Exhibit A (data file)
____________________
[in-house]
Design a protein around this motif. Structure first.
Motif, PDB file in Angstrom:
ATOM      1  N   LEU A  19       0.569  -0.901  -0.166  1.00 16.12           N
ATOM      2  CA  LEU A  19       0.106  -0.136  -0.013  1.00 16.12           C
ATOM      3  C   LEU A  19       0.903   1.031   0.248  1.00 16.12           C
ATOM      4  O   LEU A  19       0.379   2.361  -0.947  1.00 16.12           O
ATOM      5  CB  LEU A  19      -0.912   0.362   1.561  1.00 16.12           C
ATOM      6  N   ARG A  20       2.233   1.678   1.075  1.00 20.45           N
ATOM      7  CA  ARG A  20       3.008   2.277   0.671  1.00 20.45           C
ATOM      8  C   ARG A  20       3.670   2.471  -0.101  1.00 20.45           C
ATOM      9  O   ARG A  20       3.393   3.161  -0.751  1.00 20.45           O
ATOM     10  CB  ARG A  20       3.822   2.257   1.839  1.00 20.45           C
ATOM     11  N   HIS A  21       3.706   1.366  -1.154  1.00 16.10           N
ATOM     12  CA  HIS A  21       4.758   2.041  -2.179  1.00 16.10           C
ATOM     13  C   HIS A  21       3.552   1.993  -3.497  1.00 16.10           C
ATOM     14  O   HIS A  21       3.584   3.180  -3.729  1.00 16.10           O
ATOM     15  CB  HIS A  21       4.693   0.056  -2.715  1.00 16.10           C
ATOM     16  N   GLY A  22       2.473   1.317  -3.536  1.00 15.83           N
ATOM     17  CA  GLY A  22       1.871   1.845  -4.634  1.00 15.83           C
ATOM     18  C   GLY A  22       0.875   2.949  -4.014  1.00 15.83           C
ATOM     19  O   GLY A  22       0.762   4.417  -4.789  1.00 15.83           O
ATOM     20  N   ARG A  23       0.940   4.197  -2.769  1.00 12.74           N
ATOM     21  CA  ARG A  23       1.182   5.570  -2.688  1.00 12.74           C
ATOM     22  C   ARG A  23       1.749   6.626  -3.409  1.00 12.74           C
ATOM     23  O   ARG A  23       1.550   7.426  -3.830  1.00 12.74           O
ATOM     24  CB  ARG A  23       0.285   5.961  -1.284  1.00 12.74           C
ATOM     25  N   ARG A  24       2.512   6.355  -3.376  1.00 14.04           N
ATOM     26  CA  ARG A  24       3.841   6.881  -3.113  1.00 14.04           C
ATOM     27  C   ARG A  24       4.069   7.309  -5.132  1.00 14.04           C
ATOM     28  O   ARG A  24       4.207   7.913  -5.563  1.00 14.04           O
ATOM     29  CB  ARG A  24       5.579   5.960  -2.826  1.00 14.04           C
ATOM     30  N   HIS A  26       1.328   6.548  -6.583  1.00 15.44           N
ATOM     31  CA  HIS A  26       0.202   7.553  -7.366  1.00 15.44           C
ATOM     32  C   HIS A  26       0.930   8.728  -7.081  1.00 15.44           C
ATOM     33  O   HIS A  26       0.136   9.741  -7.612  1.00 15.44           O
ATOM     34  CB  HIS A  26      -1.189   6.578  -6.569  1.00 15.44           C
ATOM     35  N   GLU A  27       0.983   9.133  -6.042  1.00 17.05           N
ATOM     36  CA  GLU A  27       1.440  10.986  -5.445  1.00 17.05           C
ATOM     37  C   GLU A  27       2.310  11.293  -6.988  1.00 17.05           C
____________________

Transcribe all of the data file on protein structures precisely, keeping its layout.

[in-house]
Design a protein around this motif. Structure first.
Motif, PDB file in Angstrom:
ATOM      1  N   LEU A  19       0.569  -0.901  -0.166  1.00 16.12           N
ATOM      2  CA  LEU A  19       0.106  -0.136  -0.013  1.00 16.12           C
ATOM      3  C   LEU A  19       0.903   1.031   0.248  1.00 16.12           C
ATOM      4  O   LEU A  19       0.379   2.361  -0.947  1.00 16.12           O
ATOM      5  CB  LEU A  19      -0.912   0.362   1.561  1.00 16.12           C
ATOM      6  N   ARG A  20       2.233   1.678   1.075  1.00 20.45           N
ATOM      7  CA  ARG A  20       3.008   2.277   0.671  1.00 20.45           C
ATOM      8  C   ARG A  20       3.670   2.471  -0.101  1.00 20.45           C
ATOM      9  O   ARG A  20       3.393   3.161  -0.751  1.00 20.45           O
ATOM     10  CB  ARG A  20       3.822   2.257   1.839  1.00 20.45           C
ATOM     11  N   HIS A  21       3.706   1.366  -1.154  1.00 16.10           N
ATOM     12  CA  HIS A  21       4.758   2.041  -2.179  1.00 16.10           C
ATOM     13  C   HIS A  21       3.552   1.993  -3.497  1.00 16.10           C
ATOM     14  O   HIS A  21       3.584   3.180  -3.729  1.00 16.10           O
ATOM     15  CB  HIS A  21       4.693   0.056  -2.715  1.00 16.10           C
ATOM     16  N   GLY A  22       2.473   1.317  -3.536  1.00 15.83           N
ATOM     17  CA  GLY A  22       1.871   1.845  -4.634  1.00 15.83           C
ATOM     18  C   GLY A  22       0.875   2.949  -4.014  1.00 15.83           C
ATOM     19  O   GLY A  22       0.762   4.417  -4.789  1.00 15.83           O
ATOM     20  N   ARG A  23       0.940   4.197  -2.769  1.00 12.74           N
ATOM     21  CA  ARG A  23       1.182   5.570  -2.688  1.00 12.74           C
ATOM     22  C   ARG A  23       1.749   6.626  -3.409  1.00 12.74           C
ATOM     23  O   ARG A  23       1.550   7.426  -3.830  1.00 12.74           O
ATOM     24  CB  ARG A  23       0.285   5.961  -1.284  1.00 12.74           C
ATOM     25  N   ARG A  24       2.512   6.355  -3.376  1.00 14.04           N
ATOM     26  CA  ARG A  24       3.841   6.881  -3.113  1.00 14.04           C
ATOM     27  C   ARG A  24       4.069   7.309  -5.132  1.00 14.04           C
ATOM     28  O   ARG A  24       4.207   7.913  -5.563  1.00 14.04           O
ATOM     29  CB  ARG A  24       5.579   5.960  -2.826  1.00 14.04           C
ATOM     30  N   HIS A  26       1.328   6.548  -6.583  1.00 15.44           N
ATOM     31  CA  HIS A  26       0.202   7.553  -7.366  1.00 15.44           C
ATOM     32  C   HIS A  26       0.930   8.728  -7.081  1.00 15.44           C
ATOM     33  O   HIS A  26       0.136   9.741  -7.612  1.00 15.44           O
ATOM     34  CB  HIS A  26      -1.189   6.578  -6.569  1.00 15.44           C
ATOM     35  N   GLU A  27       0.983   9.133  -6.042  1.00 17.05           N
ATOM     36  CA  GLU A  27       1.440  10.986  -5.445  1.00 17.05           C
ATOM     37  C   GLU A  27       2.310  11.293  -6.988  1.00 17.05           C